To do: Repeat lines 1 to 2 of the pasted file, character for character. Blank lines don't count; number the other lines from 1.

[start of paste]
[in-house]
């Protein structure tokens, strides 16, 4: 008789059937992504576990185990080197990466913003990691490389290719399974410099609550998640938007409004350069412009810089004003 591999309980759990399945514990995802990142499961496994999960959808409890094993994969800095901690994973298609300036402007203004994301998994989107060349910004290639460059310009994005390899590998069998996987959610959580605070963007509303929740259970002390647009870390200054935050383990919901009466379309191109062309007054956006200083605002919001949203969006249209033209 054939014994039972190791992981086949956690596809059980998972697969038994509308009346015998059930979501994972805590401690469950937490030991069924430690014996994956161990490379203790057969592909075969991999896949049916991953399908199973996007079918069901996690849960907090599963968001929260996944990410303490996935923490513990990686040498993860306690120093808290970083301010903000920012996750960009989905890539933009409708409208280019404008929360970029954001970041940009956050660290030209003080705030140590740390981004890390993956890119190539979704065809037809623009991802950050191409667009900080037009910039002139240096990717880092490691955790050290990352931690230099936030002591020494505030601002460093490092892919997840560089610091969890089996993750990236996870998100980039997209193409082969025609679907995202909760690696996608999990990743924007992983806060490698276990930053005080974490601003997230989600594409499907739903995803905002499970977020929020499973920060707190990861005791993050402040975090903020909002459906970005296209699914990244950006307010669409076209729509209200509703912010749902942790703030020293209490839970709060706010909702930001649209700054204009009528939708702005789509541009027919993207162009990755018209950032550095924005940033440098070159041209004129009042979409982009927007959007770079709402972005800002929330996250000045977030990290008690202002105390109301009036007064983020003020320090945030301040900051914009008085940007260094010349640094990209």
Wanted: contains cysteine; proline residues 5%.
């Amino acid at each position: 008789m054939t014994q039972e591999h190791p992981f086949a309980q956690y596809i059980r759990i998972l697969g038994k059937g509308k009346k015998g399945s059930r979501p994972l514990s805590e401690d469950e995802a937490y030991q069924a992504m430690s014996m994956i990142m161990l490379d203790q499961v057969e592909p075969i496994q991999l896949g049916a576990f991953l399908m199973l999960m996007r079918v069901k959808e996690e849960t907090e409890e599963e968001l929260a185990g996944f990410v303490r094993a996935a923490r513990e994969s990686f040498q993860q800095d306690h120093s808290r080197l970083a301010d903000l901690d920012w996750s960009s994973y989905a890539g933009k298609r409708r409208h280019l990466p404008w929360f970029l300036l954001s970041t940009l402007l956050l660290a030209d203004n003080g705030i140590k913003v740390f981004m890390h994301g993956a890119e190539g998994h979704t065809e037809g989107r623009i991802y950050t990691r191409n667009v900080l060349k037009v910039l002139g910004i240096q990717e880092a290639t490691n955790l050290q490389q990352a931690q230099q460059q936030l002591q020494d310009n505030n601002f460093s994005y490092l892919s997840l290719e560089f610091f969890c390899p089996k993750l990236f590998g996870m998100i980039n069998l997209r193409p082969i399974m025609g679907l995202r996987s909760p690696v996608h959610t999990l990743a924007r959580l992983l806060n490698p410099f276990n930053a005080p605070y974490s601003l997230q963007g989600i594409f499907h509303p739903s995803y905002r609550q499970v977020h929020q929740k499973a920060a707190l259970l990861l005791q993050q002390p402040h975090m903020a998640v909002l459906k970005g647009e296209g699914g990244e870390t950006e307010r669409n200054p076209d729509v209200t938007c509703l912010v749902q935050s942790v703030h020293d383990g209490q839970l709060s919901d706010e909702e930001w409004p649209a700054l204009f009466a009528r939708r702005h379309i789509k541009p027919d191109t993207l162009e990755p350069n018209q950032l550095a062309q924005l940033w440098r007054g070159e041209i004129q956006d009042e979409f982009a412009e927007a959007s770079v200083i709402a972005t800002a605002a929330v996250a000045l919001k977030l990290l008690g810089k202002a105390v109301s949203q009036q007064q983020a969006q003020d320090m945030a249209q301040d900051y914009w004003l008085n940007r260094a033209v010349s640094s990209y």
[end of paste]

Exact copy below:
[in-house]
């Protein structure tokens, strides 16, 4: 008789059937992504576990185990080197990466913003990691490389290719399974410099609550998640938007409004350069412009810089004003 591999309980759990399945514990995802990142499961496994999960959808409890094993994969800095901690994973298609300036402007203004994301998994989107060349910004290639460059310009994005390899590998069998996987959610959580605070963007509303929740259970002390647009870390200054935050383990919901009466379309191109062309007054956006200083605002919001949203969006249209033209 054939014994039972190791992981086949956690596809059980998972697969038994509308009346015998059930979501994972805590401690469950937490030991069924430690014996994956161990490379203790057969592909075969991999896949049916991953399908199973996007079918069901996690849960907090599963968001929260996944990410303490996935923490513990990686040498993860306690120093808290970083301010903000920012996750960009989905890539933009409708409208280019404008929360970029954001970041940009956050660290030209003080705030140590740390981004890390993956890119190539979704065809037809623009991802950050191409667009900080037009910039002139240096990717880092490691955790050290990352931690230099936030002591020494505030601002460093490092892919997840560089610091969890089996993750990236996870998100980039997209193409082969025609679907995202909760690696996608999990990743924007992983806060490698276990930053005080974490601003997230989600594409499907739903995803905002499970977020929020499973920060707190990861005791993050402040975090903020909002459906970005296209699914990244950006307010669409076209729509209200509703912010749902942790703030020293209490839970709060706010909702930001649209700054204009009528939708702005789509541009027919993207162009990755018209950032550095924005940033440098070159041209004129009042979409982009927007959007770079709402972005800002929330996250000045977030990290008690202002105390109301009036007064983020003020320090945030301040900051914009008085940007260094010349640094990209």